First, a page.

The feud the Grangefords have with the Sheperdsons has gone on so long that they don’t even know why it started. Their story suggests such a feud is crazy and against common sense. Buck Grangerford defines a feud as when “A man has a quarrel with another man, and kills him; then that other man’s brother kills him; then the other brothers, on both sides, goes for one another; then the cousins chip in — and by and by everybody’s killed off, and there ain’t no more feud. But it’s kind of slow, and takes a long time. ” The feud between the families has no oint besides their honor, and will not end until one family wipes out the other to regain their honor. In another instance Twain satirize feuding at the church. As Mr. Grangerford preaches a sermon, Huck observes, “It was pretty ornery preaching—all about brotherly love”. The fact that the sermon he makes is about brotherly love is very ironic because even though he preaches about brotherly love he’s still apart of a feud that has no point to it. Huck, as the naive narrator makes an observation that highlights the satire of feuding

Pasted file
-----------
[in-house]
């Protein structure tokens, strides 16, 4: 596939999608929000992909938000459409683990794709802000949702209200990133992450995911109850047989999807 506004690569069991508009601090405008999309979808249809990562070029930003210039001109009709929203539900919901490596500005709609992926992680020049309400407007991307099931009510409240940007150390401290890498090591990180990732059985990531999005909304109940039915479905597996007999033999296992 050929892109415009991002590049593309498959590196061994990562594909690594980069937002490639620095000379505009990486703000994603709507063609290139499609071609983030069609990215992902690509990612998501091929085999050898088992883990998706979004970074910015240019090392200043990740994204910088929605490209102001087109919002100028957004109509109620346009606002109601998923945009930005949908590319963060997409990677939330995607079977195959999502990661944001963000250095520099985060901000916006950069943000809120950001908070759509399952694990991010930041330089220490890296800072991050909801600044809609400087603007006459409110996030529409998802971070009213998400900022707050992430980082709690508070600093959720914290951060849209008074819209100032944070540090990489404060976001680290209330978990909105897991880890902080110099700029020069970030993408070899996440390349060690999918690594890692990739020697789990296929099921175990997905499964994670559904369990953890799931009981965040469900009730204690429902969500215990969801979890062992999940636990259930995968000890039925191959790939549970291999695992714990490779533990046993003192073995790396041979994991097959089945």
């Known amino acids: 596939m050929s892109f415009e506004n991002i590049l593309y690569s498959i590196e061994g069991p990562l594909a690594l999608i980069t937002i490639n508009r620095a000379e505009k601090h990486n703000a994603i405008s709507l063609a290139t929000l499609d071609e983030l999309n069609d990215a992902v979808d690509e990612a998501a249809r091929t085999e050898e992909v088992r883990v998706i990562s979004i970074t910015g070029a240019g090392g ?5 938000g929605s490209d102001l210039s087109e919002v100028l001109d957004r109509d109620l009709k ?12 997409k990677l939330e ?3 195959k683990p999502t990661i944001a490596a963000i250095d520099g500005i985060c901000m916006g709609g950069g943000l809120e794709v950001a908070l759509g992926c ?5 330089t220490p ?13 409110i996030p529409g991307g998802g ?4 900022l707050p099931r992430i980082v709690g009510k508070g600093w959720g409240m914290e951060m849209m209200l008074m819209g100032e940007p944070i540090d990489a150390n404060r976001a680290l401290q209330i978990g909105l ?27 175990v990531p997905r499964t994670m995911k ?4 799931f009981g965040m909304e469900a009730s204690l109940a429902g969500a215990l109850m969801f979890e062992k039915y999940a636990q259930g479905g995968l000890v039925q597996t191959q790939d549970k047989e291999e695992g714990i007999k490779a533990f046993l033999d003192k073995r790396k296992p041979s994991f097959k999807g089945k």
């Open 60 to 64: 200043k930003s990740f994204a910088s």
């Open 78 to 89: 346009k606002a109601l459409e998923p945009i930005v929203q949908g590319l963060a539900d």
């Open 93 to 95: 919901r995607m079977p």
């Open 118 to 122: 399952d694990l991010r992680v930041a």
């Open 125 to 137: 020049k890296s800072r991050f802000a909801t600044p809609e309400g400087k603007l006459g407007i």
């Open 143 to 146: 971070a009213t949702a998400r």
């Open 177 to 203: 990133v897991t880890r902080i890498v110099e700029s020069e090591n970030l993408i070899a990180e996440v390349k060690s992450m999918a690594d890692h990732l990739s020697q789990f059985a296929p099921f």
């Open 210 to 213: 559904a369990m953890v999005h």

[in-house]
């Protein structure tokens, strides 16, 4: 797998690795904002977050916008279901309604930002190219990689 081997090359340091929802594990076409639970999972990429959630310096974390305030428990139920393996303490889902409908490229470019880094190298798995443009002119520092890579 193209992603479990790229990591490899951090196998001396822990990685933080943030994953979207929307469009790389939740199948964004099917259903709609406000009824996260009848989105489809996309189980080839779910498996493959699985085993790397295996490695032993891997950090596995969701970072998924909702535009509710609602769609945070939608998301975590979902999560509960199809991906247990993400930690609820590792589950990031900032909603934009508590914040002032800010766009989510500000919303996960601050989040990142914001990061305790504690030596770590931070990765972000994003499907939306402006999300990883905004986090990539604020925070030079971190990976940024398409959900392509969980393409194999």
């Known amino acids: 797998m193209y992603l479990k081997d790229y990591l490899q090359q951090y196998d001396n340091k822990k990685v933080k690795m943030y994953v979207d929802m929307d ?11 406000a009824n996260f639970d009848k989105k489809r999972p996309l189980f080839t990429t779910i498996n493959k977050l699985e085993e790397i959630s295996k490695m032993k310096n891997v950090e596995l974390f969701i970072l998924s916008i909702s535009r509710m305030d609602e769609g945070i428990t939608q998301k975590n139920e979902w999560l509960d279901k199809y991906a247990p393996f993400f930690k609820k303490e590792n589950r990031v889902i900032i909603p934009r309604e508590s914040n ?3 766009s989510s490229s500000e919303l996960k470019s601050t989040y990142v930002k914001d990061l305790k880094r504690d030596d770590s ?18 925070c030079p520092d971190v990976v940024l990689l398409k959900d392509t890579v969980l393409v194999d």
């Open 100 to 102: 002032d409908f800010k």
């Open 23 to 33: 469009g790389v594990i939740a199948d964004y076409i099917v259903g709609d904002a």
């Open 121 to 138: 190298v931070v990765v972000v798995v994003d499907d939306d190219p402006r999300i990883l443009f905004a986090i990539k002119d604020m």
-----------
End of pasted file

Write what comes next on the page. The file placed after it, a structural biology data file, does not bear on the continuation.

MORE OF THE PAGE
Another aspect of America that is mocked in the novel is pseudo-intellectualism. A pseudo-intellectual is a person of average intelligence who knows some parts of a higher education and uses this knowledge to impress others. Twain uses the Duke and the Dauphin to exaggerate how some people try to show off their intelligence to others, but in reality they themselves aren’t that smart. Twain also expects that the readers of his novel are well read enough themselves, or they would not understand some of this satire. For example, at one point the Dauphin attempts to recite the soliloquy of Hamlet.
However, The Dauphin himself does not know the soliloquy very well and includes phrases from other Shakespearean plays. His soliloquy begins “To be, or not to be; that is the bare bodkin That makes calamity of so long life… There’s the respect must give us pause: Wake Duncan with thy knocking! ” This entire soliloquy mocks those who try to show off their intelligence. Twain also satirizes the respect pseudo-intellectuals get from those of lower education by the reactions of awe by Huck and Jim. In another instance the Dauphin speaks to a crowd about a funeral service.